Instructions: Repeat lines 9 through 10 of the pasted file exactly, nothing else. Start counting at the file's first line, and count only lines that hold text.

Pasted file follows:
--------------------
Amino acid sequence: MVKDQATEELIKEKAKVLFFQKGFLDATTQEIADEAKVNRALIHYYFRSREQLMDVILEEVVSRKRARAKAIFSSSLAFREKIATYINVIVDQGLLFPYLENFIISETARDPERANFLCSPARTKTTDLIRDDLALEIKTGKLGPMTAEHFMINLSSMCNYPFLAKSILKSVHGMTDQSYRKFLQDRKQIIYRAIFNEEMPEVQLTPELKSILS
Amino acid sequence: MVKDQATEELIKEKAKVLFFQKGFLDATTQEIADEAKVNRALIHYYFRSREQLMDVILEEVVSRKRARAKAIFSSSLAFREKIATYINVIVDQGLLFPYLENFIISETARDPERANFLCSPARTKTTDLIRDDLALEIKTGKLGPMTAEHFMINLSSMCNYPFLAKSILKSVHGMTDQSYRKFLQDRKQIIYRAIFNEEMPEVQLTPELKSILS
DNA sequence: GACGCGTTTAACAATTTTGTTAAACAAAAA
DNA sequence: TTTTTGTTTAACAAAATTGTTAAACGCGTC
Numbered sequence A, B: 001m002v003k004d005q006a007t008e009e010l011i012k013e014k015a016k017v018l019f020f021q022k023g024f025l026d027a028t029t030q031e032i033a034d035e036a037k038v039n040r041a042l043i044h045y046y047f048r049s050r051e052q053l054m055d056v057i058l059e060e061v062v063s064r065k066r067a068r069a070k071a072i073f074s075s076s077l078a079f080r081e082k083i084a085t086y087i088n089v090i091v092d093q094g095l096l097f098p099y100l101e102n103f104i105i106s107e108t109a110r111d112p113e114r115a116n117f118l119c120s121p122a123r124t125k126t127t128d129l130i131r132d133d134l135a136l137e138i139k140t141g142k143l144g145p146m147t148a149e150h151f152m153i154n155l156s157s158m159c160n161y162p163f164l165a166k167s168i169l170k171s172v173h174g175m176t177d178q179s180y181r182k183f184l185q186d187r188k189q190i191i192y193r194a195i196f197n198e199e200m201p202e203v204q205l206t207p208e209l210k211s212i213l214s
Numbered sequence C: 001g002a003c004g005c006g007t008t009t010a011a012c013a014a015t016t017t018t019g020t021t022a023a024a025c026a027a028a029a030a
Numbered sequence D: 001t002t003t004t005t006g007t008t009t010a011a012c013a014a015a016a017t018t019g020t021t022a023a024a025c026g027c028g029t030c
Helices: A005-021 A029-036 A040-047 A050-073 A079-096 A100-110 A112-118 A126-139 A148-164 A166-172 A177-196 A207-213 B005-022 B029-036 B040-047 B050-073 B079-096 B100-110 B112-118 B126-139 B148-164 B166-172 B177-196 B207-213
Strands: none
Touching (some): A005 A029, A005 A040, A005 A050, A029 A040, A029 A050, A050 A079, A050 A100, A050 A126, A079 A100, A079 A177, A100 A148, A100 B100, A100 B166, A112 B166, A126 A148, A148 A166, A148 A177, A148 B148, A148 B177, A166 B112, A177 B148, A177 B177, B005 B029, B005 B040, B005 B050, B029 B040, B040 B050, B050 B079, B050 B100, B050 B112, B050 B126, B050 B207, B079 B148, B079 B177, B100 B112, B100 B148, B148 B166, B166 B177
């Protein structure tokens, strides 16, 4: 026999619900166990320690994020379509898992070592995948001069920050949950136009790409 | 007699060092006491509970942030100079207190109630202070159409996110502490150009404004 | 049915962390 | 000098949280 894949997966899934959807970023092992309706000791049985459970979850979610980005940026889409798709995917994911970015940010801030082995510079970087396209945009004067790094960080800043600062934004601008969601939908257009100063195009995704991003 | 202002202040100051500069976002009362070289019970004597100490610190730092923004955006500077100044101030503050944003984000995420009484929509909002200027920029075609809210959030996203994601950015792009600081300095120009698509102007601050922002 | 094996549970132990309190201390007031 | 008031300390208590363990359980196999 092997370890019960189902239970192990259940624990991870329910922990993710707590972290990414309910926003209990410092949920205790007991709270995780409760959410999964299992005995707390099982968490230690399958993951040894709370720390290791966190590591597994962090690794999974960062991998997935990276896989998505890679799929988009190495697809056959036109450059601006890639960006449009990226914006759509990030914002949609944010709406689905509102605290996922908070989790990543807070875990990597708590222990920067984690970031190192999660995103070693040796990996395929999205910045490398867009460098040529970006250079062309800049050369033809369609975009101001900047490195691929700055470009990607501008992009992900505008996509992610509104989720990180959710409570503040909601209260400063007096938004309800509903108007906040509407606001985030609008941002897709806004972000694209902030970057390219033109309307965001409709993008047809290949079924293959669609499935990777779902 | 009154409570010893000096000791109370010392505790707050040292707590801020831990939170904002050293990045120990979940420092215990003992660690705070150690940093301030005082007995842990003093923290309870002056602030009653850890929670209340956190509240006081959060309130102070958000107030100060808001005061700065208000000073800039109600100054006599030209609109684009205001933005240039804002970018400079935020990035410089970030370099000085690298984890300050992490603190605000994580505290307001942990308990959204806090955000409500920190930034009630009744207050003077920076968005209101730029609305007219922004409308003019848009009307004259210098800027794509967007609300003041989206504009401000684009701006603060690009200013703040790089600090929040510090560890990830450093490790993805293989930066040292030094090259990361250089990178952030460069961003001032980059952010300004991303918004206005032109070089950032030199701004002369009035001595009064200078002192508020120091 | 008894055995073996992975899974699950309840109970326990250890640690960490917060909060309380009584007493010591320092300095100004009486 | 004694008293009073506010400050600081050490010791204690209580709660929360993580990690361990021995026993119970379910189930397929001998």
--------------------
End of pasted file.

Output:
Strands: none
Touching (some): A005 A029, A005 A040, A005 A050, A029 A040, A029 A050, A050 A079, A050 A100, A050 A126, A079 A100, A079 A177, A100 A148, A100 B100, A100 B166, A112 B166, A126 A148, A148 A166, A148 A177, A148 B148, A148 B177, A166 B112, A177 B148, A177 B177, B005 B029, B005 B040, B005 B050, B029 B040, B040 B050, B050 B079, B050 B100, B050 B112, B050 B126, B050 B207, B079 B148, B079 B177, B100 B112, B100 B148, B148 B166, B166 B177